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Article

The Health Consequences of Neocolonialism for Latin American Immigrant Women Working as Caregivers in Spain: A Multisite Qualitative Analysis

1
GESEC Group, Department of Nursing and Physiotherapy, University of Lleida, 25198 Lleida, Spain
2
Grup de Recerca en Cures de la Salut, Institut de Recerca Biomèdica de Lleida, 25198 Lleida, Spain
3
Global Migration and Health Initiative, Toronto, ON M5T 1P8, Canada
4
Health Sciences Department (Occupational Therapy), Faculty of Health Sciences, University of A Coruña, 15006 A Coruña, Spain
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Ciber Fragilidad y Envejecimiento Saludable (CIBERFES), 28029 Madrid, Spain
6
Department of Nursing and Physiotherapy, University of Illes Balears, 07122 Mallorca, Spain
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Department of Philosophy and Social Work, University of Illes Balears, 07122 Mallorca, Spain
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Lawrence S. Bloomberg Faculty of Nursing, University of Toronto, Toronto, ON M5T 1P8, Canada
*
Author to whom correspondence should be addressed.
These authors contributed equally to this work.
Int. J. Environ. Res. Public Health 2020, 17(21), 8278; https://0-doi-org.brum.beds.ac.uk/10.3390/ijerph17218278
Received: 20 September 2020 / Revised: 1 November 2020 / Accepted: 6 November 2020 / Published: 9 November 2020
(This article belongs to the Special Issue The Health and Wellbeing of Migrant Populations)
In Spain, most jobs available for Latin American immigrant women are in intimate labour (caregiving and domestic work). This work is usually performed under informal employment conditions. The objective of this study was to explain how the colonial logic mediates the experiences of Latin American women working in intimate labour in Spain, and the effects of such occupation on their health and wellbeing, using a decolonial theoretical framework. A multi-site secondary data analysis of qualitative data from four previous studies was performed utilizing 101 interviews with Latin American immigrant women working as caregivers in Spain. Three interwoven categories show how the dominant colonial logic in Spain creates low social status and precarious jobs, and naturalizes intimate labour as their métier while producing detrimental physical and psychosocial health consequences for these immigrant caregivers. The caregivers displayed several strategies to resist and navigate intimate labour and manage its negative impact on health. Respect and integration into the family for whom they work had a buffering effect, mediating the effects of working conditions on health and wellbeing. Based on our analysis, we suggest that employment, social, and health protection laws and strategies are needed to promote a positive working environment, and to reduce the impact of caregiving work for Latin American caregivers. View Full-Text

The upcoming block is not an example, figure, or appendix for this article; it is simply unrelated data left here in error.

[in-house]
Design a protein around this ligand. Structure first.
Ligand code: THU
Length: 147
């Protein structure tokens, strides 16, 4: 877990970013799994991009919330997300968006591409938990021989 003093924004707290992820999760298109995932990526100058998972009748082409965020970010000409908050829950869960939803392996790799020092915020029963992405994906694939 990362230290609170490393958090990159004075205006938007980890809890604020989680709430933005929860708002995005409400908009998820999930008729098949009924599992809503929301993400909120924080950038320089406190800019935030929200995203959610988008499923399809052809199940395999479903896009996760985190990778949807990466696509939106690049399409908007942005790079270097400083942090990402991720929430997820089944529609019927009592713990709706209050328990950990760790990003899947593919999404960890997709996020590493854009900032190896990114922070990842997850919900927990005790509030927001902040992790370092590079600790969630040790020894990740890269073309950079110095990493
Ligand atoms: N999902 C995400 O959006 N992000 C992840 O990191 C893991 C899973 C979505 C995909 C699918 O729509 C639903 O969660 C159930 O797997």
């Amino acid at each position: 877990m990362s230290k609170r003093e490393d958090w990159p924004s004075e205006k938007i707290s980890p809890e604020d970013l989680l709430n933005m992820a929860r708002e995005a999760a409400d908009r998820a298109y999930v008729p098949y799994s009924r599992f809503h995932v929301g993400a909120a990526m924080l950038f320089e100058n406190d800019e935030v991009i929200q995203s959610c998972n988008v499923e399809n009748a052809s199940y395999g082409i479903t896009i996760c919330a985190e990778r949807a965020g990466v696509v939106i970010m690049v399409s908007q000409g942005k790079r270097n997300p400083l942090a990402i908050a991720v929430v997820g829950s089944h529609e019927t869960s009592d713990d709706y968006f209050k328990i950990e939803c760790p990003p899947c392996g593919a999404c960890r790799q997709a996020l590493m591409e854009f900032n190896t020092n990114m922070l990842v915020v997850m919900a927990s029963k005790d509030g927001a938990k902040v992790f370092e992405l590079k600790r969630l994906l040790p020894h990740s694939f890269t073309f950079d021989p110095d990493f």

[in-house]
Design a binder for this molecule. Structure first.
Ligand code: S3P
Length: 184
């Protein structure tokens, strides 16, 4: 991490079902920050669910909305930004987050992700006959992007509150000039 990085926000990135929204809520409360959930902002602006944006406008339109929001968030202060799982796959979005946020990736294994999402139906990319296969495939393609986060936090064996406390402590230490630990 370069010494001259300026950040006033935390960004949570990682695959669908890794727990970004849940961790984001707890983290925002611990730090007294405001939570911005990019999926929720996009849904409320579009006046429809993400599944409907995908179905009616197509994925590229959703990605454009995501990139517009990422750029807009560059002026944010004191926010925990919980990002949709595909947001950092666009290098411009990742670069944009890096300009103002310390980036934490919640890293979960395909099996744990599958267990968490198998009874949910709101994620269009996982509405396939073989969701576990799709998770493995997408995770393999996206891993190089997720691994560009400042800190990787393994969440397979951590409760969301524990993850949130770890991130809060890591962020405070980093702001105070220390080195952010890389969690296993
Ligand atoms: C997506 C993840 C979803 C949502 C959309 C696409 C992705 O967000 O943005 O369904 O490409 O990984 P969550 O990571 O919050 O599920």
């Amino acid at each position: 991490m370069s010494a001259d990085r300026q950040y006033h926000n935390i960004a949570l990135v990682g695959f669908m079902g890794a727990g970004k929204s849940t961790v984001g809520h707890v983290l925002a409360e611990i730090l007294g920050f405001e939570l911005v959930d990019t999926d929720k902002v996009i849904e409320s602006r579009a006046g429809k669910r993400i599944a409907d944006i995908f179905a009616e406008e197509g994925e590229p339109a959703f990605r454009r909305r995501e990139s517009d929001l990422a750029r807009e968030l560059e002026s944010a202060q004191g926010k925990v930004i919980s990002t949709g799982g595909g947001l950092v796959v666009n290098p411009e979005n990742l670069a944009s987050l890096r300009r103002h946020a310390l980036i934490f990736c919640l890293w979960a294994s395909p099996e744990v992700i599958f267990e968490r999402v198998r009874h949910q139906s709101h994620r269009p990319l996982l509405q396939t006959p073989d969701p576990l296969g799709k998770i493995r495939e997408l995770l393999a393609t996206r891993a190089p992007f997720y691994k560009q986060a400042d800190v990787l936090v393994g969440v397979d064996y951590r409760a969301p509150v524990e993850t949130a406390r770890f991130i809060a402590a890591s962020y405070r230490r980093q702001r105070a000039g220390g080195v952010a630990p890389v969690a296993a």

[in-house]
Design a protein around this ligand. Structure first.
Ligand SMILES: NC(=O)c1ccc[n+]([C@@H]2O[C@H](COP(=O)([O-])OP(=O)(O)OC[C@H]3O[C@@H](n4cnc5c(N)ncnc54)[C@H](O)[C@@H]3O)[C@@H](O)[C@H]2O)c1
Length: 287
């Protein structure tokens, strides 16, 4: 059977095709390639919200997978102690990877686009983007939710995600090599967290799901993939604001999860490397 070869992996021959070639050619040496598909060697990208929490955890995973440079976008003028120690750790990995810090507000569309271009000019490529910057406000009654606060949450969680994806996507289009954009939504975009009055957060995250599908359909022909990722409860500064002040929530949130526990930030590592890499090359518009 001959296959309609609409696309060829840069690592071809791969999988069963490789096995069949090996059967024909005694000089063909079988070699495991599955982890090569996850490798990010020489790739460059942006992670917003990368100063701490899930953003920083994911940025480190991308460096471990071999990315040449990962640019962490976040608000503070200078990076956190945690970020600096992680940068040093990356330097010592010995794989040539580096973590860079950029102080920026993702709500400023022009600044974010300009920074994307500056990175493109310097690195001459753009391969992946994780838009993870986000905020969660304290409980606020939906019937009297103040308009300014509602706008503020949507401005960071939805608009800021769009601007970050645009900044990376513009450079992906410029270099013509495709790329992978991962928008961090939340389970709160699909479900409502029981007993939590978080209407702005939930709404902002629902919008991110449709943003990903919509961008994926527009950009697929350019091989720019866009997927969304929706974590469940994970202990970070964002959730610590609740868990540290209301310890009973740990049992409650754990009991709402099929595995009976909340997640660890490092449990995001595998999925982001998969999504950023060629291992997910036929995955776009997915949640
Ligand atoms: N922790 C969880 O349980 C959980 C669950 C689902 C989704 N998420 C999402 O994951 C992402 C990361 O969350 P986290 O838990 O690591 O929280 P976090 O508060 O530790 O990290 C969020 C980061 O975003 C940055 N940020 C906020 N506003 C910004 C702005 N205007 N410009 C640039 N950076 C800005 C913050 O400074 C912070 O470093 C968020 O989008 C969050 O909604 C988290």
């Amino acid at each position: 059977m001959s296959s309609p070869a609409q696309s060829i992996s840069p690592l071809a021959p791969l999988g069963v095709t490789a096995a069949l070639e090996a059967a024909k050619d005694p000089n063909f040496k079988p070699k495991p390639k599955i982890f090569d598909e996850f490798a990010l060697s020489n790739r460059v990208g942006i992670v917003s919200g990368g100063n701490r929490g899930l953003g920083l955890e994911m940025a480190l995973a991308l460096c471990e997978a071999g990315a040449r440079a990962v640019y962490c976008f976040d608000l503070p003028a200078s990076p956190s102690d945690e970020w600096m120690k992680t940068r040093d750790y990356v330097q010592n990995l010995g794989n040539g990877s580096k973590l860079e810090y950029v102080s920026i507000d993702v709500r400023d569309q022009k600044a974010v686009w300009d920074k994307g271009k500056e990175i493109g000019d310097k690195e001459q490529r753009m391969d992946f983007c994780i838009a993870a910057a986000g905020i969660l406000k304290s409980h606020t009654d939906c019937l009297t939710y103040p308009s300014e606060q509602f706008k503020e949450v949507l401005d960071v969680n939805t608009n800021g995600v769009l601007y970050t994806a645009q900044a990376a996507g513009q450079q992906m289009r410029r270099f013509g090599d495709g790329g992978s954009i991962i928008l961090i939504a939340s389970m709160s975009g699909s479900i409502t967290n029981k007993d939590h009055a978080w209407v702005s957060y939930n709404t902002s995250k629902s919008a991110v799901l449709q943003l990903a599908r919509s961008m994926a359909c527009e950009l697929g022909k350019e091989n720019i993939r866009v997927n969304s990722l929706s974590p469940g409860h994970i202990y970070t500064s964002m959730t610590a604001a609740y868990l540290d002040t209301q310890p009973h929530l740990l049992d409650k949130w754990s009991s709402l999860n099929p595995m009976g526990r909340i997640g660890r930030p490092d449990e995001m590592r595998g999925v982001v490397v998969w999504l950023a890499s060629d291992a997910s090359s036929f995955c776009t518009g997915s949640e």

Keywords: migration; working women; workplace; social discrimination; racism; sexism; qualitative research; economic recession; Spain; caregiving migration; working women; workplace; social discrimination; racism; sexism; qualitative research; economic recession; Spain; caregiving
MDPI and ACS Style

Briones-Vozmediano, E.; Rivas-Quarneti, N.; Gea-Sánchez, M.; Bover-Bover, A.; Carbonero, M.A.; Gastaldo, D. The Health Consequences of Neocolonialism for Latin American Immigrant Women Working as Caregivers in Spain: A Multisite Qualitative Analysis. Int. J. Environ. Res. Public Health 2020, 17, 8278. https://0-doi-org.brum.beds.ac.uk/10.3390/ijerph17218278

AMA Style

Briones-Vozmediano E, Rivas-Quarneti N, Gea-Sánchez M, Bover-Bover A, Carbonero MA, Gastaldo D. The Health Consequences of Neocolonialism for Latin American Immigrant Women Working as Caregivers in Spain: A Multisite Qualitative Analysis. International Journal of Environmental Research and Public Health. 2020; 17(21):8278. https://0-doi-org.brum.beds.ac.uk/10.3390/ijerph17218278

Chicago/Turabian Style

Briones-Vozmediano, Erica, Natalia Rivas-Quarneti, Montserrat Gea-Sánchez, Andreu Bover-Bover, Maria A. Carbonero, and Denise Gastaldo. 2020. "The Health Consequences of Neocolonialism for Latin American Immigrant Women Working as Caregivers in Spain: A Multisite Qualitative Analysis" International Journal of Environmental Research and Public Health 17, no. 21: 8278. https://0-doi-org.brum.beds.ac.uk/10.3390/ijerph17218278

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